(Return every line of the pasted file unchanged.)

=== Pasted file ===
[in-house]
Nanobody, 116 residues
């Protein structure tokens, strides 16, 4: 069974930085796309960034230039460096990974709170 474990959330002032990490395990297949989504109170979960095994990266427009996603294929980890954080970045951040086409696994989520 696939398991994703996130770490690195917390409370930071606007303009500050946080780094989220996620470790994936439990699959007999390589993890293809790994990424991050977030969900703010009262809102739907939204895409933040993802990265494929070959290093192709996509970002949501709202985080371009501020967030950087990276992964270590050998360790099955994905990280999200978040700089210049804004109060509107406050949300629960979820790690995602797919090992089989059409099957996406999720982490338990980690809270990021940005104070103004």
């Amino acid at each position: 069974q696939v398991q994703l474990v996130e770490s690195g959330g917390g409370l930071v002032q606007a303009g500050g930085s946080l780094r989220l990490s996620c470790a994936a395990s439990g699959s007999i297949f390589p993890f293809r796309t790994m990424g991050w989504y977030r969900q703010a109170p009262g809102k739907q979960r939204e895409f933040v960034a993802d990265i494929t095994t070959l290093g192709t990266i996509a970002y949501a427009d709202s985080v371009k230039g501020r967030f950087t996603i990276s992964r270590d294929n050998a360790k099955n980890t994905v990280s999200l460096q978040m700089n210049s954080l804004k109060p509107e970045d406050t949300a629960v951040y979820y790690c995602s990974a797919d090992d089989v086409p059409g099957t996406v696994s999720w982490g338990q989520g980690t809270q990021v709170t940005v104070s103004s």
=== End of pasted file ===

[in-house]
Nanobody, 116 residues
């Protein structure tokens, strides 16, 4: 069974930085796309960034230039460096990974709170 474990959330002032990490395990297949989504109170979960095994990266427009996603294929980890954080970045951040086409696994989520 696939398991994703996130770490690195917390409370930071606007303009500050946080780094989220996620470790994936439990699959007999390589993890293809790994990424991050977030969900703010009262809102739907939204895409933040993802990265494929070959290093192709996509970002949501709202985080371009501020967030950087990276992964270590050998360790099955994905990280999200978040700089210049804004109060509107406050949300629960979820790690995602797919090992089989059409099957996406999720982490338990980690809270990021940005104070103004």
């Amino acid at each position: 069974q696939v398991q994703l474990v996130e770490s690195g959330g917390g409370l930071v002032q606007a303009g500050g930085s946080l780094r989220l990490s996620c470790a994936a395990s439990g699959s007999i297949f390589p993890f293809r796309t790994m990424g991050w989504y977030r969900q703010a109170p009262g809102k739907q979960r939204e895409f933040v960034a993802d990265i494929t095994t070959l290093g192709t990266i996509a970002y949501a427009d709202s985080v371009k230039g501020r967030f950087t996603i990276s992964r270590d294929n050998a360790k099955n980890t994905v990280s999200l460096q978040m700089n210049s954080l804004k109060p509107e970045d406050t949300a629960v951040y979820y790690c995602s990974a797919d090992d089989v086409p059409g099957t996406v696994s999720w982490g338990q989520g980690t809270q990021v709170t940005v104070s103004s």